Another problem is the listening skill. Sometimes I really heard the instructor’s directions, but I didn’t think it over. For instance, when we were learning to make the fancy buns, our instructor said we had to show him the first four single strand braids then we could make other styles. I didn’t follow his directions. After finishing the single strand braids, I just continued to make other styles. I was wrong. Imagine that I worked in a bakery, and I didn’t follow my manager’s order. What would happen? So, I have to improve my understanding skill. Don’t ignore the order or directions from instructors.
Another mistake I want to talk is the demonstration. Sometimes, we like to assume. For example, the cuts for Long French bread and Baguetts are totally different. If we use the same style cutting to cut them, our products won’t be accepted by our customers. Baguette should look like Baguette.
If I were a customer, I wouldn’t buy one Baguette among them 🙂
Safety is another thing I want to say. It’s very important for us. No one wants to be hurt in his or her workplace. So, don’t underestimate it. I almost made a mistake. While our instructor was demonstrating how to use the peel to put Home made bread in the oven, I stood behind him and he wasn’t aware of it. I didn’t recognize the peel would hit me if our instructor pulled the peel further. It was so close. Also there was another accident happened in our kitchen lab. One classmate used a small size mixer to mix too much ingredient, and she was away when the mixer fell down to the floor. No one was hurt, but we should learn from this accident. Don’t leave your mixer alone, especially for small mixers. They might move to the edge of the bench gradually.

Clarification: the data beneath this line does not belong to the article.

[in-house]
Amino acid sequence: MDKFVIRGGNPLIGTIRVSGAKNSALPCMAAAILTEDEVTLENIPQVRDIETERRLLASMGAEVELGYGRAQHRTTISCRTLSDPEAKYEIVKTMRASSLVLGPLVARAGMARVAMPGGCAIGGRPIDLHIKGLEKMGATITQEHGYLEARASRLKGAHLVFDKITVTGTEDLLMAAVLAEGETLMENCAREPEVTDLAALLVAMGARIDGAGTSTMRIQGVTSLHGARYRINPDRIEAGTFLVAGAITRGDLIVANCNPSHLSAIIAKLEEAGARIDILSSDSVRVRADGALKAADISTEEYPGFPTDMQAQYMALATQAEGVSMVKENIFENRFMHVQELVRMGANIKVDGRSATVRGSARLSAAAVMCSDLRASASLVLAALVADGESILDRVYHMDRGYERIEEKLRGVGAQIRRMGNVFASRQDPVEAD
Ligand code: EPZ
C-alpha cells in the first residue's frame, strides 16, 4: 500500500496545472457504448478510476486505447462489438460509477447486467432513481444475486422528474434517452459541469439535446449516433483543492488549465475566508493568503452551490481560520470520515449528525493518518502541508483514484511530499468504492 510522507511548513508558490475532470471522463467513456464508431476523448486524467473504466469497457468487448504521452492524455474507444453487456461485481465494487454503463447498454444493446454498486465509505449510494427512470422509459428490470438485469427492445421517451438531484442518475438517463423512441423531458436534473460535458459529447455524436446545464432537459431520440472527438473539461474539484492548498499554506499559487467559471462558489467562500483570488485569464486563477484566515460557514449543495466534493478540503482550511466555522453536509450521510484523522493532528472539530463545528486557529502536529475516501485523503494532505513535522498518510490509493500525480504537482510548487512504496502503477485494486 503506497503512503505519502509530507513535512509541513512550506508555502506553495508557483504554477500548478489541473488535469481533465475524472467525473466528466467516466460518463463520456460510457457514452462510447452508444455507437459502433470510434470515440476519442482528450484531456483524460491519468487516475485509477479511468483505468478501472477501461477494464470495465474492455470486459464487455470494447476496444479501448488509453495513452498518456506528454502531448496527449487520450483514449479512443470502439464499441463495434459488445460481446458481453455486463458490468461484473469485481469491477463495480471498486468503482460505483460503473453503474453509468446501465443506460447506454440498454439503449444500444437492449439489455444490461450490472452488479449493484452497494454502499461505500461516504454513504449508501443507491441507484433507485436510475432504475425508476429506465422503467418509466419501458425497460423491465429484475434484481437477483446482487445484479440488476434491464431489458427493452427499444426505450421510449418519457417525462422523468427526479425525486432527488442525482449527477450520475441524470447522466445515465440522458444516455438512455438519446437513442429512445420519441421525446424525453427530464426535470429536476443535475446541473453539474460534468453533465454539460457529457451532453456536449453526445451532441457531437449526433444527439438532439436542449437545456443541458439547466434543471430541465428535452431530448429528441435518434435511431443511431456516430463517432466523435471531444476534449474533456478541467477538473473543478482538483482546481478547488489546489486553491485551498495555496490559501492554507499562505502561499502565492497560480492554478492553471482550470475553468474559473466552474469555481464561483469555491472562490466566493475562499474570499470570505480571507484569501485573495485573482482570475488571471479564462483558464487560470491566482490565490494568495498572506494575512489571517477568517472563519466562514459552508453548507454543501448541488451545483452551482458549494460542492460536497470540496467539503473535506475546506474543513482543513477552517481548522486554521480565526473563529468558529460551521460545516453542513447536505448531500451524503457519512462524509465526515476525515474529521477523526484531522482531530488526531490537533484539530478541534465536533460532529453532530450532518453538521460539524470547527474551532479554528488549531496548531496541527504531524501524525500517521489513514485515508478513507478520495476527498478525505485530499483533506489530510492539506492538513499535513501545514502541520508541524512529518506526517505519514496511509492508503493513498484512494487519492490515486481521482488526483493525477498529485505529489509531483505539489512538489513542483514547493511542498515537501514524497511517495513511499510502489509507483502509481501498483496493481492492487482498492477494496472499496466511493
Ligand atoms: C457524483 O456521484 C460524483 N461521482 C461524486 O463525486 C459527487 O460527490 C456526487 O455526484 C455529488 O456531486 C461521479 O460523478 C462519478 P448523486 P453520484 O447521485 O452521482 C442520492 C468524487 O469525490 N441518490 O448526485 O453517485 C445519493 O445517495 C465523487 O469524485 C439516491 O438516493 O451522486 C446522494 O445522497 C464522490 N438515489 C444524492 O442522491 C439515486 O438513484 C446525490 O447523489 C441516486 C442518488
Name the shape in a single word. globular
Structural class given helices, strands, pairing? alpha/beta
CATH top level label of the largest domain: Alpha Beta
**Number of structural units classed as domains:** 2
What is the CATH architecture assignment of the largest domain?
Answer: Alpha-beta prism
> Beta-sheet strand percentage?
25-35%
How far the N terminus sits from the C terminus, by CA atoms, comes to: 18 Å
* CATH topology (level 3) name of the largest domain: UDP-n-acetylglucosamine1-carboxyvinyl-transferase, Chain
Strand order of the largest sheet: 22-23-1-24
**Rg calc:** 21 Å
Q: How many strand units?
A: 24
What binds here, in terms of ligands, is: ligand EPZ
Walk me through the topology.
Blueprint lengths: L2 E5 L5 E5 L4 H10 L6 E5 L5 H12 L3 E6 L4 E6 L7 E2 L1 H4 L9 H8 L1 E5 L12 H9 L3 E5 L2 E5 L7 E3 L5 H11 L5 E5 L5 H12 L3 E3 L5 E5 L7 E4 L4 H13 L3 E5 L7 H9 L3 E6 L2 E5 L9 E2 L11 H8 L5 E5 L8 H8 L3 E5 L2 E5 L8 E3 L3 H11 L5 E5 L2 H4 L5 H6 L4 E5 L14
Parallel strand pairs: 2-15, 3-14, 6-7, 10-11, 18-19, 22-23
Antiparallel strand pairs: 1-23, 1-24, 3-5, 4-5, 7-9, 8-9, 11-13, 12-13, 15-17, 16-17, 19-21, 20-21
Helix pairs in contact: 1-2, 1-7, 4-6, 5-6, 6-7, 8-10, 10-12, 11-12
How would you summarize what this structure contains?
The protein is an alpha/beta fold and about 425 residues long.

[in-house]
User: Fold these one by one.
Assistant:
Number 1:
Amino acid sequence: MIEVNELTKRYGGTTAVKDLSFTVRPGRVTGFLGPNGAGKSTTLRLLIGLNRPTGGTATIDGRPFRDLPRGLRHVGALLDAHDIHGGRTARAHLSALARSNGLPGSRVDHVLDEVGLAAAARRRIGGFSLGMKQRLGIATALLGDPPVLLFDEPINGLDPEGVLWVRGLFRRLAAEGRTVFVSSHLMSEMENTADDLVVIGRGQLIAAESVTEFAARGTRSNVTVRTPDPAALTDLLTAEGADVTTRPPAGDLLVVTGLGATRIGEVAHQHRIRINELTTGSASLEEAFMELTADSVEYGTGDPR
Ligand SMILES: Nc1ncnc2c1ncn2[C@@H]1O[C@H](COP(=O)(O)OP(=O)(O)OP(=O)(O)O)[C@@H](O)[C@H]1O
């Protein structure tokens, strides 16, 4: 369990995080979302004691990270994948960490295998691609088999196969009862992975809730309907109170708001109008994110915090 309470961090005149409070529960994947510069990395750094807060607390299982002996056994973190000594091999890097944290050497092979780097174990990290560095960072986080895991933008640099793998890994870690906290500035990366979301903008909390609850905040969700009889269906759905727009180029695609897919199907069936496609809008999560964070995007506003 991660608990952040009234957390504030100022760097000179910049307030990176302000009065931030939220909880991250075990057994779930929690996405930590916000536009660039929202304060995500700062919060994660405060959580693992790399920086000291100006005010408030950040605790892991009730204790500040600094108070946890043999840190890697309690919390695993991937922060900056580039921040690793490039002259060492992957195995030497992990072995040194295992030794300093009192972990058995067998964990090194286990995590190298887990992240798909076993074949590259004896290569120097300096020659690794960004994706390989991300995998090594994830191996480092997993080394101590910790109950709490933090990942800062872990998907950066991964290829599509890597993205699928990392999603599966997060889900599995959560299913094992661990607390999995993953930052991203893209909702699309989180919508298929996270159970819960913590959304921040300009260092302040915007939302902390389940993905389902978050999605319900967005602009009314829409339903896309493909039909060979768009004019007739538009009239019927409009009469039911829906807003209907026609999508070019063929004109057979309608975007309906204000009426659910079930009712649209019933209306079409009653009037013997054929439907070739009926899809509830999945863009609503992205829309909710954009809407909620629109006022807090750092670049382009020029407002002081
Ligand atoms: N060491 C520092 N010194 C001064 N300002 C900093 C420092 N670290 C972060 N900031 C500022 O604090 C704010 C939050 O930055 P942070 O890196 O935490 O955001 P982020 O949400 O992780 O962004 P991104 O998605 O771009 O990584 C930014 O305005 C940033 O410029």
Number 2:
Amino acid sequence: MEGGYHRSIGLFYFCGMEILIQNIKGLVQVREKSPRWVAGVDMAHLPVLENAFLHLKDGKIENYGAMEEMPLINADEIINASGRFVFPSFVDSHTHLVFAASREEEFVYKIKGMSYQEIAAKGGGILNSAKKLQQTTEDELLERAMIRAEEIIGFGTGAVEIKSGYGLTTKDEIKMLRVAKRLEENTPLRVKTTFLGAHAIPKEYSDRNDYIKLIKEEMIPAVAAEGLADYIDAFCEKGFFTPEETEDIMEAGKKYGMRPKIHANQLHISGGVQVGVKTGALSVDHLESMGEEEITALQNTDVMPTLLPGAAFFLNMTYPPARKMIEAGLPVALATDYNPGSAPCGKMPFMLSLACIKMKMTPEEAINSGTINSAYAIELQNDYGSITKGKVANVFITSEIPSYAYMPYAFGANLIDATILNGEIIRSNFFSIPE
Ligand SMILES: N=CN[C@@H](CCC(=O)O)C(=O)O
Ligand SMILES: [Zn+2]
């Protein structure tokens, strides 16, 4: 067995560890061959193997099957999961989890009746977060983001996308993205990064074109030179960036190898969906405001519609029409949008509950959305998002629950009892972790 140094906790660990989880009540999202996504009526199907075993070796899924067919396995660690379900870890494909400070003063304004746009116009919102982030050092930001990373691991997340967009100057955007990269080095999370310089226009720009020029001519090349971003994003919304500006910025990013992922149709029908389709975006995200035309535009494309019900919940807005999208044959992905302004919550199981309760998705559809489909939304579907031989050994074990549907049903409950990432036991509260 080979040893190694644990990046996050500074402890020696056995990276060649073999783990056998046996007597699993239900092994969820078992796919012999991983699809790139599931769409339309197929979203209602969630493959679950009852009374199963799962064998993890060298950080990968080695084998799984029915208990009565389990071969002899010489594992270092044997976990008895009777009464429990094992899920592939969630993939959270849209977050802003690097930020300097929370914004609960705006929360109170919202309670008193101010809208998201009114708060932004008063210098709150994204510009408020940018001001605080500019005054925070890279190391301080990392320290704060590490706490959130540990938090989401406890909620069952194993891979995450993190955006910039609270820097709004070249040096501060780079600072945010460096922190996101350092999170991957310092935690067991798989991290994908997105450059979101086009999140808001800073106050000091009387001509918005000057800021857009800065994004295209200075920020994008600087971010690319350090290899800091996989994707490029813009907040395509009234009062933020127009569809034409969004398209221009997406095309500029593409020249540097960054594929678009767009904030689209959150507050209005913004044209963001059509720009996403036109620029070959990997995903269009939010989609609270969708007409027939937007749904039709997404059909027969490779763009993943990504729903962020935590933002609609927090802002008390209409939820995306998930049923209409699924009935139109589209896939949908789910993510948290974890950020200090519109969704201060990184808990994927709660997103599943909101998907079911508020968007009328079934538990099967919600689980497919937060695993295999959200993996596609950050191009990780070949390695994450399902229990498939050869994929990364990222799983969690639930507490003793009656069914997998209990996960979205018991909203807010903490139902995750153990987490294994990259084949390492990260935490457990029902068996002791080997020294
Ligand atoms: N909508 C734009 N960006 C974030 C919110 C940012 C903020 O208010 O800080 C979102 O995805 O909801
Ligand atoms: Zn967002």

I am happy about something I did well. For example, the first time I used the divider to divide fancy funs dough. Those small pieces didn’t look uniform. Some were very big, and some were very small. Our group fixed the problem by our hands. But after two times practices, I did better and better. Let me show you what I divided today. These small doughs look very even.
Next week, we are going to learn how to make new products, such as Gugelhopf, Stollen, Coffee Cake, and so on. We are supposed to gain more knowledge about fermentation. I’m really curious about the sourdough. Today, we were showed one bucket of sour. It smells very strong. I want to know how to feed it and how to use it to make Artisan Breads.